If you had to define what content engagement is, how would you do it? 

This is the question the Content Marketing Institute asked a roster of experts.

The answers were extremely varied, each bringing more depth to the definition, how to trigger engagement, and ways to measure it.

One of my favourite definitions, which actually opens the article they published, is directly aligned with Toast’s mantra of always making sure content has “utility and reach”. Tim Ash, SiteTuners’ CEO, simply said: 

«Engaging content simply means ‘useful to the visitor.’»

This is a definition that really sticks with our approach at Toast, but globally, each corporation, brand, media, will have its own version.


Because how engagement is seen and driven by content depends a lot on business objectives. One might want more time spent on-page, while someone else will focus on cookie acquisition, while a third will measure email sign-ups.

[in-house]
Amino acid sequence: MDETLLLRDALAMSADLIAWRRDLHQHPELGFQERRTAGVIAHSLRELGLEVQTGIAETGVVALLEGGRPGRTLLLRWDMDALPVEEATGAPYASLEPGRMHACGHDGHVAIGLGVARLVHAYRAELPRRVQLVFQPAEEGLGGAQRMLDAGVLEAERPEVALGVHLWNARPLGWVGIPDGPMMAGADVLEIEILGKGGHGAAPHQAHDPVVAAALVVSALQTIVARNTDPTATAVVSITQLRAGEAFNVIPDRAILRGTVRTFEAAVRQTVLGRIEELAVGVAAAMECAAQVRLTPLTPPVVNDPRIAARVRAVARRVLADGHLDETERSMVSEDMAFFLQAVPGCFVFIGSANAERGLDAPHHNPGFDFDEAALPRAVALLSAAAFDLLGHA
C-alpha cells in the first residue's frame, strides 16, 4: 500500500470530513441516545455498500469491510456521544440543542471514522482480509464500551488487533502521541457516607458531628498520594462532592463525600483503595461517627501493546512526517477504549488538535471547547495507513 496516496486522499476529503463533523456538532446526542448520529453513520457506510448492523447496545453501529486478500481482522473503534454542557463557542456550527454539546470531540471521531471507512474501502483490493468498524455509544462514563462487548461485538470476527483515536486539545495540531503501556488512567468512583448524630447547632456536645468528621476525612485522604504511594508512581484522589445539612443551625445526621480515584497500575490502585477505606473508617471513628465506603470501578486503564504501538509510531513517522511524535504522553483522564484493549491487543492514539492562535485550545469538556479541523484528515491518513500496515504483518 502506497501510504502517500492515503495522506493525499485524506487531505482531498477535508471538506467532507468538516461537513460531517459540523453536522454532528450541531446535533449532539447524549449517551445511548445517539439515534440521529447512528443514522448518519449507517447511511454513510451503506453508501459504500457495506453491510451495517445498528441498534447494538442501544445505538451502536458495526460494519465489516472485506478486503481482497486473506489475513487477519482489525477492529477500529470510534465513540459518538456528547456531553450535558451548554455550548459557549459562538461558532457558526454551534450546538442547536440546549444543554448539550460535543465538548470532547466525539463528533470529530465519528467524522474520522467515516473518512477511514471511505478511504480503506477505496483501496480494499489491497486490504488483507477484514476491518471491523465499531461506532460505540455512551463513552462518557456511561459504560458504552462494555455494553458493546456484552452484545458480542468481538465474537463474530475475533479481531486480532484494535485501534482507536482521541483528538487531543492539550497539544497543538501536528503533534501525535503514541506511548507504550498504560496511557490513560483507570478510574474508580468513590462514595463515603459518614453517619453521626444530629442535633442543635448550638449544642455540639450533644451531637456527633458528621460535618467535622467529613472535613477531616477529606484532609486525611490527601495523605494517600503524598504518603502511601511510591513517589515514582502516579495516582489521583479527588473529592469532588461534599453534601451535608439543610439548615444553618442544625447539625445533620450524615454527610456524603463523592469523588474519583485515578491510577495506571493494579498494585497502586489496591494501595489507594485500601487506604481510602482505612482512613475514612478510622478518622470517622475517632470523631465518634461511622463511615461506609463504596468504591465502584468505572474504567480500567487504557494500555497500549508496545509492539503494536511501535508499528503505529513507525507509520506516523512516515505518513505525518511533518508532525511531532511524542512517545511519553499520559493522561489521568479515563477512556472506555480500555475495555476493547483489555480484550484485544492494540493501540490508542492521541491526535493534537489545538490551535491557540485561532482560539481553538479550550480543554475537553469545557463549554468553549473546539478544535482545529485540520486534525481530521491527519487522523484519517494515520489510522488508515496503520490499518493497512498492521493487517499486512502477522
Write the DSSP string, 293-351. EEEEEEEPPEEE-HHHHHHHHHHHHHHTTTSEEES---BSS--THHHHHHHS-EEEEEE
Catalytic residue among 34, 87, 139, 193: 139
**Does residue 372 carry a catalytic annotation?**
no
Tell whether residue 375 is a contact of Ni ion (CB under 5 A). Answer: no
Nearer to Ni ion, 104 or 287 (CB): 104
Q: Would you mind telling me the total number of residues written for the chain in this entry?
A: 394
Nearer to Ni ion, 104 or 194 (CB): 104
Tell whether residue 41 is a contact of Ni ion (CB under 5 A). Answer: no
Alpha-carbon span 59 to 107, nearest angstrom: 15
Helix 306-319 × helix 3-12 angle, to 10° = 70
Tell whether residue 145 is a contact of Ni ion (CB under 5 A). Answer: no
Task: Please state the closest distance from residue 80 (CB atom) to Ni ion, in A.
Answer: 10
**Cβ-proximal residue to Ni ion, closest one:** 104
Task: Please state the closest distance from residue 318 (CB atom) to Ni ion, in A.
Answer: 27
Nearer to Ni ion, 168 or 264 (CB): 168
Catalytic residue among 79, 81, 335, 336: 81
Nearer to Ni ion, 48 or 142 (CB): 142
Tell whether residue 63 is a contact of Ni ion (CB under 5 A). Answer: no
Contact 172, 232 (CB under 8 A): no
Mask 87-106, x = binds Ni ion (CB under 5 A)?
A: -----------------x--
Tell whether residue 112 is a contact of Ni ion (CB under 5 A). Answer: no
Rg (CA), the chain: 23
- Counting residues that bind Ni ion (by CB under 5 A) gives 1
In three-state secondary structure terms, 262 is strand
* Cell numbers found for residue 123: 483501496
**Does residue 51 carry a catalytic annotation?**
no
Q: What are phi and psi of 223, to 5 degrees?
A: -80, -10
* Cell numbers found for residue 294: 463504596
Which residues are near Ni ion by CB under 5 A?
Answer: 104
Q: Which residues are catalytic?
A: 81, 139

It all depends on your market, the customer journey and where that content you are producing fits in there.

One of the things we focus more and more with our content at Toast is the “next step”. What do we want people to do after seeing our content and interacting with it? Can it happen right away? And if not, how can we plant cues so that when the opportunity comes up they will be able to recall their interaction with us and act on it? Think of the situation where you have a long buying process, where you want people to remember you and your product as they get to the decision stage.

This is all part of making sure your content is engaging (so people will actually interact with it), but also memorable (so that people will act on it in the future).

Those are two distinct objectives in a content marketing strategy. I will invite you to read the CMI’s article, which gives you plenty of material to work with on the engagement stage. And to read more about memorable content, I wrote about it a couple weeks ago, you can always jump back to the blog on our website to read it again.